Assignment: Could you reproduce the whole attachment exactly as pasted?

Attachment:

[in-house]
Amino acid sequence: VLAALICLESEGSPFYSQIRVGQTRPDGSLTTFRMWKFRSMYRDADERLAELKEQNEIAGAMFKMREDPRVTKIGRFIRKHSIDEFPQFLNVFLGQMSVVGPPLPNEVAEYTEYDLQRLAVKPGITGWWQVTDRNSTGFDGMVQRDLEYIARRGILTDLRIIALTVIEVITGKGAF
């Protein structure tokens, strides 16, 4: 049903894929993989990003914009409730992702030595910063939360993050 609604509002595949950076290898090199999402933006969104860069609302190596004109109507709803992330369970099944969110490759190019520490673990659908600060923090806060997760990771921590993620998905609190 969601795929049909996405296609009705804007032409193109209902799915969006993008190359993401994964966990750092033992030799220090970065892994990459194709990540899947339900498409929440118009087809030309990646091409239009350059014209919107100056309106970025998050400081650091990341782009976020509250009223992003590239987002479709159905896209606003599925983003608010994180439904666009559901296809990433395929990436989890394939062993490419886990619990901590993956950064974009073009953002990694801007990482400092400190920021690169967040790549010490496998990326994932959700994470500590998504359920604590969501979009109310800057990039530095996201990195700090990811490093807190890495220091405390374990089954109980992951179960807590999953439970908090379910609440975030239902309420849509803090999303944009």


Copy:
[in-house]
Amino acid sequence: VLAALICLESEGSPFYSQIRVGQTRPDGSLTTFRMWKFRSMYRDADERLAELKEQNEIAGAMFKMREDPRVTKIGRFIRKHSIDEFPQFLNVFLGQMSVVGPPLPNEVAEYTEYDLQRLAVKPGITGWWQVTDRNSTGFDGMVQRDLEYIARRGILTDLRIIALTVIEVITGKGAF
């Protein structure tokens, strides 16, 4: 049903894929993989990003914009409730992702030595910063939360993050 609604509002595949950076290898090199999402933006969104860069609302190596004109109507709803992330369970099944969110490759190019520490673990659908600060923090806060997760990771921590993620998905609190 969601795929049909996405296609009705804007032409193109209902799915969006993008190359993401994964966990750092033992030799220090970065892994990459194709990540899947339900498409929440118009087809030309990646091409239009350059014209919107100056309106970025998050400081650091990341782009976020509250009223992003590239987002479709159905896209606003599925983003608010994180439904666009559901296809990433395929990436989890394939062993490419886990619990901590993956950064974009073009953002990694801007990482400092400190920021690169967040790549010490496998990326994932959700994470500590998504359920604590969501979009109310800057990039530095996201990195700090990811490093807190890495220091405390374990089954109980992951179960807590999953439970908090379910609440975030239902309420849509803090999303944009």